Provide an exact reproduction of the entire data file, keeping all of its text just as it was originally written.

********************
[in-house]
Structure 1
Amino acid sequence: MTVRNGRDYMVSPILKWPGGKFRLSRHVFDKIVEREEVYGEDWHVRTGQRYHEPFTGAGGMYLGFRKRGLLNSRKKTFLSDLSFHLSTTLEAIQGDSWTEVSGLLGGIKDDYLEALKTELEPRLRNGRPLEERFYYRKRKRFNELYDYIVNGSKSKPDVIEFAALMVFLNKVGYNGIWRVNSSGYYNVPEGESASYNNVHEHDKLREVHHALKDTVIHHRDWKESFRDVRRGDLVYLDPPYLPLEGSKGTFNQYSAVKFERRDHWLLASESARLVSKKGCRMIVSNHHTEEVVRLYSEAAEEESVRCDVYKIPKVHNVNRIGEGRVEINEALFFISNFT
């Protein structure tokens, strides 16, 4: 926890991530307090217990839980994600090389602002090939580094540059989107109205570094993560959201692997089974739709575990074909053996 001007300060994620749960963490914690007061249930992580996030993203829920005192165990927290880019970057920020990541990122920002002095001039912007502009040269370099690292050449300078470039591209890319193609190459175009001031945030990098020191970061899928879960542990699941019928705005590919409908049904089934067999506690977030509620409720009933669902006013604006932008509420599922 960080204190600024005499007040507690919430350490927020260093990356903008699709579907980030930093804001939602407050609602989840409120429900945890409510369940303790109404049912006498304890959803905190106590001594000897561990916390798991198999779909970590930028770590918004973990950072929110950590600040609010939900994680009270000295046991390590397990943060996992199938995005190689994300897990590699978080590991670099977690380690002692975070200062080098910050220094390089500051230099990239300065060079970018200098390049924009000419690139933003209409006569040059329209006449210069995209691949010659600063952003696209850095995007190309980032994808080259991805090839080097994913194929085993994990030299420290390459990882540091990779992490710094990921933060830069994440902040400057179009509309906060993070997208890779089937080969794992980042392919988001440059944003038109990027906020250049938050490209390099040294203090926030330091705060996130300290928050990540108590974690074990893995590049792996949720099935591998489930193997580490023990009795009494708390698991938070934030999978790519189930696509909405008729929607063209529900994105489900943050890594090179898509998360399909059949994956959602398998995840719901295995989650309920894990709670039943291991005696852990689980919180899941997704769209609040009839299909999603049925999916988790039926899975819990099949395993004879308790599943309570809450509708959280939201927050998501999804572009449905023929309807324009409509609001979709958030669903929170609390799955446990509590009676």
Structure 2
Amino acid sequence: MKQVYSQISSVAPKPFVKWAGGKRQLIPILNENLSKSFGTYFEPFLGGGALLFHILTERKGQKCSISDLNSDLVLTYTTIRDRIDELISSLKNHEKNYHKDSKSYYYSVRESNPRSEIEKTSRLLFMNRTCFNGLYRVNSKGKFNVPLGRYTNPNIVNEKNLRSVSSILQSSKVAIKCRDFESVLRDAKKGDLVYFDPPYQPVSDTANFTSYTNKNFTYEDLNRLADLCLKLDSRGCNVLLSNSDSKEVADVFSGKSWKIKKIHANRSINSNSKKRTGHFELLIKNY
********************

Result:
[in-house]
Structure 1
Amino acid sequence: MTVRNGRDYMVSPILKWPGGKFRLSRHVFDKIVEREEVYGEDWHVRTGQRYHEPFTGAGGMYLGFRKRGLLNSRKKTFLSDLSFHLSTTLEAIQGDSWTEVSGLLGGIKDDYLEALKTELEPRLRNGRPLEERFYYRKRKRFNELYDYIVNGSKSKPDVIEFAALMVFLNKVGYNGIWRVNSSGYYNVPEGESASYNNVHEHDKLREVHHALKDTVIHHRDWKESFRDVRRGDLVYLDPPYLPLEGSKGTFNQYSAVKFERRDHWLLASESARLVSKKGCRMIVSNHHTEEVVRLYSEAAEEESVRCDVYKIPKVHNVNRIGEGRVEINEALFFISNFT
């Protein structure tokens, strides 16, 4: 926890991530307090217990839980994600090389602002090939580094540059989107109205570094993560959201692997089974739709575990074909053996 001007300060994620749960963490914690007061249930992580996030993203829920005192165990927290880019970057920020990541990122920002002095001039912007502009040269370099690292050449300078470039591209890319193609190459175009001031945030990098020191970061899928879960542990699941019928705005590919409908049904089934067999506690977030509620409720009933669902006013604006932008509420599922 960080204190600024005499007040507690919430350490927020260093990356903008699709579907980030930093804001939602407050609602989840409120429900945890409510369940303790109404049912006498304890959803905190106590001594000897561990916390798991198999779909970590930028770590918004973990950072929110950590600040609010939900994680009270000295046991390590397990943060996992199938995005190689994300897990590699978080590991670099977690380690002692975070200062080098910050220094390089500051230099990239300065060079970018200098390049924009000419690139933003209409006569040059329209006449210069995209691949010659600063952003696209850095995007190309980032994808080259991805090839080097994913194929085993994990030299420290390459990882540091990779992490710094990921933060830069994440902040400057179009509309906060993070997208890779089937080969794992980042392919988001440059944003038109990027906020250049938050490209390099040294203090926030330091705060996130300290928050990540108590974690074990893995590049792996949720099935591998489930193997580490023990009795009494708390698991938070934030999978790519189930696509909405008729929607063209529900994105489900943050890594090179898509998360399909059949994956959602398998995840719901295995989650309920894990709670039943291991005696852990689980919180899941997704769209609040009839299909999603049925999916988790039926899975819990099949395993004879308790599943309570809450509708959280939201927050998501999804572009449905023929309807324009409509609001979709958030669903929170609390799955446990509590009676």
Structure 2
Amino acid sequence: MKQVYSQISSVAPKPFVKWAGGKRQLIPILNENLSKSFGTYFEPFLGGGALLFHILTERKGQKCSISDLNSDLVLTYTTIRDRIDELISSLKNHEKNYHKDSKSYYYSVRESNPRSEIEKTSRLLFMNRTCFNGLYRVNSKGKFNVPLGRYTNPNIVNEKNLRSVSSILQSSKVAIKCRDFESVLRDAKKGDLVYFDPPYQPVSDTANFTSYTNKNFTYEDLNRLADLCLKLDSRGCNVLLSNSDSKEVADVFSGKSWKIKKIHANRSINSNSKKRTGHFELLIKNY